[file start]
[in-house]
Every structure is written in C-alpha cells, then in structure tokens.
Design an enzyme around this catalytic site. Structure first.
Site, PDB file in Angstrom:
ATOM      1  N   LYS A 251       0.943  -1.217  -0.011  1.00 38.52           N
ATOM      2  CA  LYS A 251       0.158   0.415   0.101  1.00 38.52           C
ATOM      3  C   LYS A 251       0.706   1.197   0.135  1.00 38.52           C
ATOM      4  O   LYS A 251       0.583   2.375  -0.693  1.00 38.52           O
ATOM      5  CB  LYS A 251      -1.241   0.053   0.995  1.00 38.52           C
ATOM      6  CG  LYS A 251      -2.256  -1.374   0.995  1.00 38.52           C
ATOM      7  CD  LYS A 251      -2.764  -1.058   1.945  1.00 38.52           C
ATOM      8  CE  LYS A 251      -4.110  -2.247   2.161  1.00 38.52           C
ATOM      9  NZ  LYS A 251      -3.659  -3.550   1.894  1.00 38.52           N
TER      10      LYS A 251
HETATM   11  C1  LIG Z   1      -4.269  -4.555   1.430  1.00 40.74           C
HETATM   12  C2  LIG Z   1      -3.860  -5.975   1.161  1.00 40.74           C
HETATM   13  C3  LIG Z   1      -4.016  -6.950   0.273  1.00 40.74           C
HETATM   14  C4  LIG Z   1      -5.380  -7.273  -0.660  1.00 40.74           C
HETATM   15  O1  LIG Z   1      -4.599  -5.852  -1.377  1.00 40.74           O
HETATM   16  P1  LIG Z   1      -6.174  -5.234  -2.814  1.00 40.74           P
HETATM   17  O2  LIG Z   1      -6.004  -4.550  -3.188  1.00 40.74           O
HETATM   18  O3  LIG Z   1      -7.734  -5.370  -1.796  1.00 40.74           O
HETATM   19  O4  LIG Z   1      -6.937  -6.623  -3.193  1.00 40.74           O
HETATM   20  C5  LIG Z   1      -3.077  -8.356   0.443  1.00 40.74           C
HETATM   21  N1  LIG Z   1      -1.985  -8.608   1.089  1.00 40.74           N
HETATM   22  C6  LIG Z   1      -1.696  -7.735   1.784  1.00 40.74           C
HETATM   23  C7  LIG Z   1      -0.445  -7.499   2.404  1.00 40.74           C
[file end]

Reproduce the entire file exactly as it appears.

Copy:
[in-house]
Every structure is written in C-alpha cells, then in structure tokens.
Design an enzyme around this catalytic site. Structure first.
Site, PDB file in Angstrom:
ATOM      1  N   LYS A 251       0.943  -1.217  -0.011  1.00 38.52           N
ATOM      2  CA  LYS A 251       0.158   0.415   0.101  1.00 38.52           C
ATOM      3  C   LYS A 251       0.706   1.197   0.135  1.00 38.52           C
ATOM      4  O   LYS A 251       0.583   2.375  -0.693  1.00 38.52           O
ATOM      5  CB  LYS A 251      -1.241   0.053   0.995  1.00 38.52           C
ATOM      6  CG  LYS A 251      -2.256  -1.374   0.995  1.00 38.52           C
ATOM      7  CD  LYS A 251      -2.764  -1.058   1.945  1.00 38.52           C
ATOM      8  CE  LYS A 251      -4.110  -2.247   2.161  1.00 38.52           C
ATOM      9  NZ  LYS A 251      -3.659  -3.550   1.894  1.00 38.52           N
TER      10      LYS A 251
HETATM   11  C1  LIG Z   1      -4.269  -4.555   1.430  1.00 40.74           C
HETATM   12  C2  LIG Z   1      -3.860  -5.975   1.161  1.00 40.74           C
HETATM   13  C3  LIG Z   1      -4.016  -6.950   0.273  1.00 40.74           C
HETATM   14  C4  LIG Z   1      -5.380  -7.273  -0.660  1.00 40.74           C
HETATM   15  O1  LIG Z   1      -4.599  -5.852  -1.377  1.00 40.74           O
HETATM   16  P1  LIG Z   1      -6.174  -5.234  -2.814  1.00 40.74           P
HETATM   17  O2  LIG Z   1      -6.004  -4.550  -3.188  1.00 40.74           O
HETATM   18  O3  LIG Z   1      -7.734  -5.370  -1.796  1.00 40.74           O
HETATM   19  O4  LIG Z   1      -6.937  -6.623  -3.193  1.00 40.74           O
HETATM   20  C5  LIG Z   1      -3.077  -8.356   0.443  1.00 40.74           C
HETATM   21  N1  LIG Z   1      -1.985  -8.608   1.089  1.00 40.74           N
HETATM   22  C6  LIG Z   1      -1.696  -7.735   1.784  1.00 40.74           C
HETATM   23  C7  LIG Z   1      -0.445  -7.499   2.404  1.00 40.74           C